But we should acknowledge this: Paul is reluctant to talk about authority in the church, unless he is talking about the authority of God. Paul is even reluctant to assert his own authority as an apostle. His second letter to the Corinthians is filled with examples of this. Over and over again, Paul downplays his “authority” over the Corinthians. He criticizes false teachers in Corinth who are using their authority to lead the people in wrong directions. There were some who were using their speaking ability. Or their position as teachers. As Paul says, “to place themselves over you…” (II Corinthians 11:20). Paul criticizes them for that. Instead, Paul says: I may not speak like they do. I may not assert my authority over you like they have. But I have cared for you and loved you and led you just the same. Robert Banks, a scholar who wrote an essay on Church Order and Government in Paul’s letters, rightly points out:
“In view of the widespread use of this term [authority] in Greek for those in positions of influence over others, Paul’s reticence in using the term can only be intentional.” (Robert Banks, “Church Order and Government,” Dictionary of Paul and His Letters)Yes, elders have authority…BUT…Paul modeled a different kind of leadership and authority. A kind built on humility. A kind built on service. This is the kind of leadership he set up in the congregations he established all over the Greco-Roman world.
All that to say, church, elders in the 1st century and in the intervening centuries wore many hats!
- Anointers of the sick
So, the next question…
What should we expect from our elders? We use the word “shepherd” around here more than we do elder. But when we use those terms we are referring to the same person. That doesn’t mean elder is a bad word. It’s a good word. It’s a biblical word. But the reason we refer, most often, to our elders as “shepherds” is because “shepherd” more naturally describes their primary function. Shepherd is a good word too. Shepherd is also a biblical word.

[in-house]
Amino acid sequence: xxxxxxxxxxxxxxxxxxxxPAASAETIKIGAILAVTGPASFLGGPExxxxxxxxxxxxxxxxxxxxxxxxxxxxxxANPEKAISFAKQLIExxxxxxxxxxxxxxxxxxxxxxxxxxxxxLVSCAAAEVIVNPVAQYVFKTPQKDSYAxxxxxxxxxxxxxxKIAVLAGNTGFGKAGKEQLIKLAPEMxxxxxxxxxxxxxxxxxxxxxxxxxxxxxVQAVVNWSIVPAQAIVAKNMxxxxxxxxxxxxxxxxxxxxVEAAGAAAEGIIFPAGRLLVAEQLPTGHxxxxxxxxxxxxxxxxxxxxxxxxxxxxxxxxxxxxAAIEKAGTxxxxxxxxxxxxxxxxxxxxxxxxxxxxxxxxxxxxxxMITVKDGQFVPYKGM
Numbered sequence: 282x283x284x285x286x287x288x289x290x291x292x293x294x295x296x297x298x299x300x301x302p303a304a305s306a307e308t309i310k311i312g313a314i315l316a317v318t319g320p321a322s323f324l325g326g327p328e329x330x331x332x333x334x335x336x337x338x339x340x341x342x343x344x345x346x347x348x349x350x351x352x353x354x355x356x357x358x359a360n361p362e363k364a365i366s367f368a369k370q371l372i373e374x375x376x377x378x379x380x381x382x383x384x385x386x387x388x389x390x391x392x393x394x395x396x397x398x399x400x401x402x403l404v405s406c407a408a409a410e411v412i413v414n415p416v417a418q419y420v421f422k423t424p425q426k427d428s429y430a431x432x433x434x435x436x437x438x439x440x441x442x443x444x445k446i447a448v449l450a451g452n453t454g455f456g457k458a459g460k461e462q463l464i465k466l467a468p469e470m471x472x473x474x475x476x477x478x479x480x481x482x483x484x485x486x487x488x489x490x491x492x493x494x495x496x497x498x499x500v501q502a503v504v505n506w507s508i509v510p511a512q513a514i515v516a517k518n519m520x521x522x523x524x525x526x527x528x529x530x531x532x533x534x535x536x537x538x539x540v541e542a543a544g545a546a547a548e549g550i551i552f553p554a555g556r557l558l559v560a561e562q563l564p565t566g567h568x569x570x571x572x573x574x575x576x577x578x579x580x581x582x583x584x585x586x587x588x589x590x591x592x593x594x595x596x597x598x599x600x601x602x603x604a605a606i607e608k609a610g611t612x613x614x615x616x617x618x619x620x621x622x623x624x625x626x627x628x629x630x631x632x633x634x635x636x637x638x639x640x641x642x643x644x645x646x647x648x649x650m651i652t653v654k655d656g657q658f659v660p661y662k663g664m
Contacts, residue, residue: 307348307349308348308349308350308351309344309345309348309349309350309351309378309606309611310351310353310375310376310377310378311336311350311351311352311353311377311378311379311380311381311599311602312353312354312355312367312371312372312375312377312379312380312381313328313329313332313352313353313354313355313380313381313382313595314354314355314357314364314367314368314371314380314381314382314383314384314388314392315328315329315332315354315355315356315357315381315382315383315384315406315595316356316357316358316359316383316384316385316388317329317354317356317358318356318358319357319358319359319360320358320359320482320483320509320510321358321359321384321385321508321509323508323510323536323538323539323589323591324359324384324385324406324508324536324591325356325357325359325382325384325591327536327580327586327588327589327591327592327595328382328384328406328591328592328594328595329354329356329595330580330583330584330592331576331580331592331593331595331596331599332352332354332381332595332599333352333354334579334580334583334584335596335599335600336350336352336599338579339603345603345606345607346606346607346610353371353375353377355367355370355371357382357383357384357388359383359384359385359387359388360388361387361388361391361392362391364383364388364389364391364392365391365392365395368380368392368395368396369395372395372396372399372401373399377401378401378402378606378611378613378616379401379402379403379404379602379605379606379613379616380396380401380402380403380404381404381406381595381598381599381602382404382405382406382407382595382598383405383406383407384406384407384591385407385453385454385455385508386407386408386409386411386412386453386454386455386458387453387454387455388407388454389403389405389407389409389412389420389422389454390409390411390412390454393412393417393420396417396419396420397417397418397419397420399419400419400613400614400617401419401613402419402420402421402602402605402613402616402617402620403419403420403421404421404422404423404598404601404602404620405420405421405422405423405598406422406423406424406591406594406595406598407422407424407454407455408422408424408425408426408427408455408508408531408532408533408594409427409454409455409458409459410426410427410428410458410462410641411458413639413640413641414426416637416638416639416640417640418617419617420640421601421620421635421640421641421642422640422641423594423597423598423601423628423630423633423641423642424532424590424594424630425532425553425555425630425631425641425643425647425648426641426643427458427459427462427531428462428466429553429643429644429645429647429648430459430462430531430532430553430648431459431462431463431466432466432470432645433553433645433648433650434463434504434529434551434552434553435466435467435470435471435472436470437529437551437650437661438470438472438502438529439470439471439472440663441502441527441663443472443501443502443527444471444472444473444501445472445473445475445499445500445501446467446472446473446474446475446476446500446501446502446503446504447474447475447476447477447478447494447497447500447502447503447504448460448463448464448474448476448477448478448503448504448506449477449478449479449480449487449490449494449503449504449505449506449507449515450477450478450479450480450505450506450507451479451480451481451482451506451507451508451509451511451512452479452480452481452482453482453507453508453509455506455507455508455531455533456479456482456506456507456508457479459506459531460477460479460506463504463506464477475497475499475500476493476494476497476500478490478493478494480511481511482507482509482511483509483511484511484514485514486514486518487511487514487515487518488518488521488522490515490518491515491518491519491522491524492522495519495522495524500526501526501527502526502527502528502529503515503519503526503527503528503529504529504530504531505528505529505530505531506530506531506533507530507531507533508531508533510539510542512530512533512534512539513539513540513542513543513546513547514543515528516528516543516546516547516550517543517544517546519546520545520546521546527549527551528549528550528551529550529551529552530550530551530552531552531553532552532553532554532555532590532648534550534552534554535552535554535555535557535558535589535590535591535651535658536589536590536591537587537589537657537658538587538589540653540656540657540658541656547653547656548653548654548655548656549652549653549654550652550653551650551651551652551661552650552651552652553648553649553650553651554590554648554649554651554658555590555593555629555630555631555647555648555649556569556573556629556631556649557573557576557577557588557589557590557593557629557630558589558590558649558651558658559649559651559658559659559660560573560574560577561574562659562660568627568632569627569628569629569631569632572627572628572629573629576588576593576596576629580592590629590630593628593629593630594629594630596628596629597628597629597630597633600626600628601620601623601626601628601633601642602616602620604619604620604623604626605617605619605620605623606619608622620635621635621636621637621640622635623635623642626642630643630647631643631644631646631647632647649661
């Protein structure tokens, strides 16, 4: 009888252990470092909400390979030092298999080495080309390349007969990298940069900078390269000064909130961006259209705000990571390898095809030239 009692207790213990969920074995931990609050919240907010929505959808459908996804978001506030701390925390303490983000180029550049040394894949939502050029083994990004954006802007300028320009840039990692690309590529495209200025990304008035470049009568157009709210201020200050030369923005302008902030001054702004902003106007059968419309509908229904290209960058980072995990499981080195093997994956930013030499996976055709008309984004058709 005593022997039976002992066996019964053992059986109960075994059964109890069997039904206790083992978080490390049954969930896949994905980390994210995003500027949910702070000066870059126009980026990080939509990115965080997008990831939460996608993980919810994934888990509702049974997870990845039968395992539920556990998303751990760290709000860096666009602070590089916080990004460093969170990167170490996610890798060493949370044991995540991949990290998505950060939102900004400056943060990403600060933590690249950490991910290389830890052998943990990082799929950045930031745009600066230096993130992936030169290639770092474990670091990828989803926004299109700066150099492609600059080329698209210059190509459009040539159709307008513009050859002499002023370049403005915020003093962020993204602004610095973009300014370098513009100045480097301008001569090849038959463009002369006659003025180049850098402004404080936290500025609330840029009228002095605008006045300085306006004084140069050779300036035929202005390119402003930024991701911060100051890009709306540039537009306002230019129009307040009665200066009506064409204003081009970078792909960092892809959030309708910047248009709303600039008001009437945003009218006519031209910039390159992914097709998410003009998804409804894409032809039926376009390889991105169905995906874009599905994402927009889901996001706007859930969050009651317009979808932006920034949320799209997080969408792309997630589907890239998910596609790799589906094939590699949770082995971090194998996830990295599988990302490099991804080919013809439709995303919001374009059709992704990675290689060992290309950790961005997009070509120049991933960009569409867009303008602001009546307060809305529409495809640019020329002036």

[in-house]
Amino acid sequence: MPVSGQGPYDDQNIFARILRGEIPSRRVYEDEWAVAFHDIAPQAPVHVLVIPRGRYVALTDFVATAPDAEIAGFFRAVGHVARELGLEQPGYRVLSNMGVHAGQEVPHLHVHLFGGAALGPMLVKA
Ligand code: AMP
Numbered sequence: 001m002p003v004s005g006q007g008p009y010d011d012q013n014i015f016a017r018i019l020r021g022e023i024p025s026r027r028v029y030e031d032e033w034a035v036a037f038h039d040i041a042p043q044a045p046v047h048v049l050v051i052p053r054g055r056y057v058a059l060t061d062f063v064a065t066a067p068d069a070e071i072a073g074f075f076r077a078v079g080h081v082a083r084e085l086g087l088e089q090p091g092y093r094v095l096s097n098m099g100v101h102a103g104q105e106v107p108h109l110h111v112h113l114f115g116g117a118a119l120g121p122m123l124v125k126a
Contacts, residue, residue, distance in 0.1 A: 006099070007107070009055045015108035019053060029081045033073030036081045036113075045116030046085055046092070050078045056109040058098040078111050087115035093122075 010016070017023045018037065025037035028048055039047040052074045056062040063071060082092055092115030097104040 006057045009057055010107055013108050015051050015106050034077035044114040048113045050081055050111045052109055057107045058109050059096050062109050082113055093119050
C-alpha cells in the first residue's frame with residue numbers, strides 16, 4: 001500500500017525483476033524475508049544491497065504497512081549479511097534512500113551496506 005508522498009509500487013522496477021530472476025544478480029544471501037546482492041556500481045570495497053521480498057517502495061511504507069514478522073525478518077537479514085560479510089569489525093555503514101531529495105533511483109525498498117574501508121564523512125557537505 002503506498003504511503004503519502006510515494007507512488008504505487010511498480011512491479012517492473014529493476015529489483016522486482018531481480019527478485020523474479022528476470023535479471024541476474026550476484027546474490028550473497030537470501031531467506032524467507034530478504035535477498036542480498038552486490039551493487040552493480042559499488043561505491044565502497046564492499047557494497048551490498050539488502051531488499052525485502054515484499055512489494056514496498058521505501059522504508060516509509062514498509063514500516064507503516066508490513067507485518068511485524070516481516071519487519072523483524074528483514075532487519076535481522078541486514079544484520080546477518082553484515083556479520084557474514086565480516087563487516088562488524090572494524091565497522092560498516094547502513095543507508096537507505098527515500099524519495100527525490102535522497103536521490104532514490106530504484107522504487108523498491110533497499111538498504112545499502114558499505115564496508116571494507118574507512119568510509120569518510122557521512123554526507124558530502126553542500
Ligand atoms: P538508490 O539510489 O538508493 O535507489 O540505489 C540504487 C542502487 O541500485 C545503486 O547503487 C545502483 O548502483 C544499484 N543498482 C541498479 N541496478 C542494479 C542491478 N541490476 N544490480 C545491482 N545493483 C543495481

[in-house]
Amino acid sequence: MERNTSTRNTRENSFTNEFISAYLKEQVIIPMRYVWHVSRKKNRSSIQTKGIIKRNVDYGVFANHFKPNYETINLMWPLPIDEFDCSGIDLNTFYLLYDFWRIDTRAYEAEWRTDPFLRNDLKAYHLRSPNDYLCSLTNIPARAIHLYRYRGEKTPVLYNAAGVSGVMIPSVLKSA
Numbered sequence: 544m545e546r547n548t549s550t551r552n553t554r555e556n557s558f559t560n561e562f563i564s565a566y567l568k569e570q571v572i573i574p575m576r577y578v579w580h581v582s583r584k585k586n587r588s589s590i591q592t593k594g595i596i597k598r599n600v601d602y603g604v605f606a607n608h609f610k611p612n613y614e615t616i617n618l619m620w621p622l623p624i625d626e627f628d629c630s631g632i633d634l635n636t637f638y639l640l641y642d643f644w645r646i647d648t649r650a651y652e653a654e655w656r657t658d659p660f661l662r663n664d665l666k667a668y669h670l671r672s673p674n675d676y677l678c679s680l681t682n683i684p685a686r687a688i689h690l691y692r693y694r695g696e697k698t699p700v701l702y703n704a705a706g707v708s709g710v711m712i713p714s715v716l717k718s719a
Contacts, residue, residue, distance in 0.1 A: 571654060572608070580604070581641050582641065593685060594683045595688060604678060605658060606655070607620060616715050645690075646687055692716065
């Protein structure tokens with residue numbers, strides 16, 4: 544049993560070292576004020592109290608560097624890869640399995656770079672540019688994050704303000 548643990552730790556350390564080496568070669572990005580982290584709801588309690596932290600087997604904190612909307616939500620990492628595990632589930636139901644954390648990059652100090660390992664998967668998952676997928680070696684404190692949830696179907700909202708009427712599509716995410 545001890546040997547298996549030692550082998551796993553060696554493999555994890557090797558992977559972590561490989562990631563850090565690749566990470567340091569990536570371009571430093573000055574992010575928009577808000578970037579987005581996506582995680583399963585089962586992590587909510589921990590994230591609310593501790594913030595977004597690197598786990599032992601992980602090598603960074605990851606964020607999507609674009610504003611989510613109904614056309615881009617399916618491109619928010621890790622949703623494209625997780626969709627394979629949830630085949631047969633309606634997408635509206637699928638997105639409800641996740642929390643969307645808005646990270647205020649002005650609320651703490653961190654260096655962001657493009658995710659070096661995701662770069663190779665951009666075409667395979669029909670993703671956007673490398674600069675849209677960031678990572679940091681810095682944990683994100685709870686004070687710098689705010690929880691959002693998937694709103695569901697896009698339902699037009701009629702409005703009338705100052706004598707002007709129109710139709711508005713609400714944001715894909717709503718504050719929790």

READ I PETER 5:1-6 (CEB)
This is my favorite passage about elders in the Bible. I know we typically camp out in I Timothy 3 & Titus 1 when we talk about elders. But those passages, as we’ve said, don’t tell us much about what an elder should do. I Peter 5 gives us the closest thing to a job description for an elder that we have in the Bible. And notice what stands at the center of an elder’s job description: shepherding (as a verb)! And what does the writer of I Peter mean by shepherding?
- “Tend the flock…”
- “Watch over the flock…”
- “Protect the flock…”
- “Don’t rule over the flock…but lead by example…”
- “Accept the authority of these elders…”
- “Clothe yourselves with humility toward each other.”
- “God stands against the proud, but gives grace to the humble!”
One afternoon, Jack Garner went to visit my dad. I don’t know what was said. I don’t know what methods he used. But I do know why he went. He went because he loved my family. He began to mentor my dad in the faith. He was one of the most instrumental persons in the earliest stages of my dad’s faith journey. My dad eventually became an elder. His children are all believers. Almost all of his grandchildren have now been baptized. I think our family tree owes a lot to Jack Garner. In my mind, that is what an elder is.
Church, being an elder is an important job! I pray for our elders every single day, and I encourage you to do that same thing. I pray that we respect them because of the way they love this family. I pray that when they mess up (because we all mess up), I pray that we will love them all the same. That’s what it means to have humility with one another. Another way to say it is to echo the words here in I Peter 5. We need to give grace to each other. Because God have given grace to us! Join me in praying for God’s guidance as we continue our process to recognize the elders among us.